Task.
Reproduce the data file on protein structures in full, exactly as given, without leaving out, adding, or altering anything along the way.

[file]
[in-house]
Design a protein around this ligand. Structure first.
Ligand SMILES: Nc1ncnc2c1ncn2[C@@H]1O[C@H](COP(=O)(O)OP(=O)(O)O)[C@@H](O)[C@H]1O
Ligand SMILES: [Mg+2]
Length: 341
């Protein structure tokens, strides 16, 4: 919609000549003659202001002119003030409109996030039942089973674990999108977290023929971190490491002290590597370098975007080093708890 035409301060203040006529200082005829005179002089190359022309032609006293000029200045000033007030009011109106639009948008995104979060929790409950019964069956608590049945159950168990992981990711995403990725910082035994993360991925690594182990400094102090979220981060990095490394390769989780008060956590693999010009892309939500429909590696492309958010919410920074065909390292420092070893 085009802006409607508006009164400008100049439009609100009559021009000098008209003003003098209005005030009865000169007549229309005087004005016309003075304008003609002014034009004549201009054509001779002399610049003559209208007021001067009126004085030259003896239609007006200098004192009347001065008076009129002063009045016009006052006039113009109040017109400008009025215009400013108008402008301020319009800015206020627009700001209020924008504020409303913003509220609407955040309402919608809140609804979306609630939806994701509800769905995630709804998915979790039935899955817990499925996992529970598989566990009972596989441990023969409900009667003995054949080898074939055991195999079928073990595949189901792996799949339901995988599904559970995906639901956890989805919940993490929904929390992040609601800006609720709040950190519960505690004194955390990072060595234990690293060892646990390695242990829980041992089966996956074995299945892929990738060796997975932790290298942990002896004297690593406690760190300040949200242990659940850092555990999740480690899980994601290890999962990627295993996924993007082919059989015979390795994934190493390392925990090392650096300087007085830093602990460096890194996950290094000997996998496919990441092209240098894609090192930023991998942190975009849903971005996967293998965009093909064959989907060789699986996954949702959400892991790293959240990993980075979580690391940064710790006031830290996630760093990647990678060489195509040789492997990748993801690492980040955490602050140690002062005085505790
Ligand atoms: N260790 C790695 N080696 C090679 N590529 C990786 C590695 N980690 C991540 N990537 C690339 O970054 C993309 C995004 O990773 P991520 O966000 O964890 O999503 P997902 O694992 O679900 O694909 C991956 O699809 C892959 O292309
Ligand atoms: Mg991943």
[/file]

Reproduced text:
[in-house]
Design a protein around this ligand. Structure first.
Ligand SMILES: Nc1ncnc2c1ncn2[C@@H]1O[C@H](COP(=O)(O)OP(=O)(O)O)[C@@H](O)[C@H]1O
Ligand SMILES: [Mg+2]
Length: 341
């Protein structure tokens, strides 16, 4: 919609000549003659202001002119003030409109996030039942089973674990999108977290023929971190490491002290590597370098975007080093708890 035409301060203040006529200082005829005179002089190359022309032609006293000029200045000033007030009011109106639009948008995104979060929790409950019964069956608590049945159950168990992981990711995403990725910082035994993360991925690594182990400094102090979220981060990095490394390769989780008060956590693999010009892309939500429909590696492309958010919410920074065909390292420092070893 085009802006409607508006009164400008100049439009609100009559021009000098008209003003003098209005005030009865000169007549229309005087004005016309003075304008003609002014034009004549201009054509001779002399610049003559209208007021001067009126004085030259003896239609007006200098004192009347001065008076009129002063009045016009006052006039113009109040017109400008009025215009400013108008402008301020319009800015206020627009700001209020924008504020409303913003509220609407955040309402919608809140609804979306609630939806994701509800769905995630709804998915979790039935899955817990499925996992529970598989566990009972596989441990023969409900009667003995054949080898074939055991195999079928073990595949189901792996799949339901995988599904559970995906639901956890989805919940993490929904929390992040609601800006609720709040950190519960505690004194955390990072060595234990690293060892646990390695242990829980041992089966996956074995299945892929990738060796997975932790290298942990002896004297690593406690760190300040949200242990659940850092555990999740480690899980994601290890999962990627295993996924993007082919059989015979390795994934190493390392925990090392650096300087007085830093602990460096890194996950290094000997996998496919990441092209240098894609090192930023991998942190975009849903971005996967293998965009093909064959989907060789699986996954949702959400892991790293959240990993980075979580690391940064710790006031830290996630760093990647990678060489195509040789492997990748993801690492980040955490602050140690002062005085505790
Ligand atoms: N260790 C790695 N080696 C090679 N590529 C990786 C590695 N980690 C991540 N990537 C690339 O970054 C993309 C995004 O990773 P991520 O966000 O964890 O999503 P997902 O694992 O679900 O694909 C991956 O699809 C892959 O292309
Ligand atoms: Mg991943």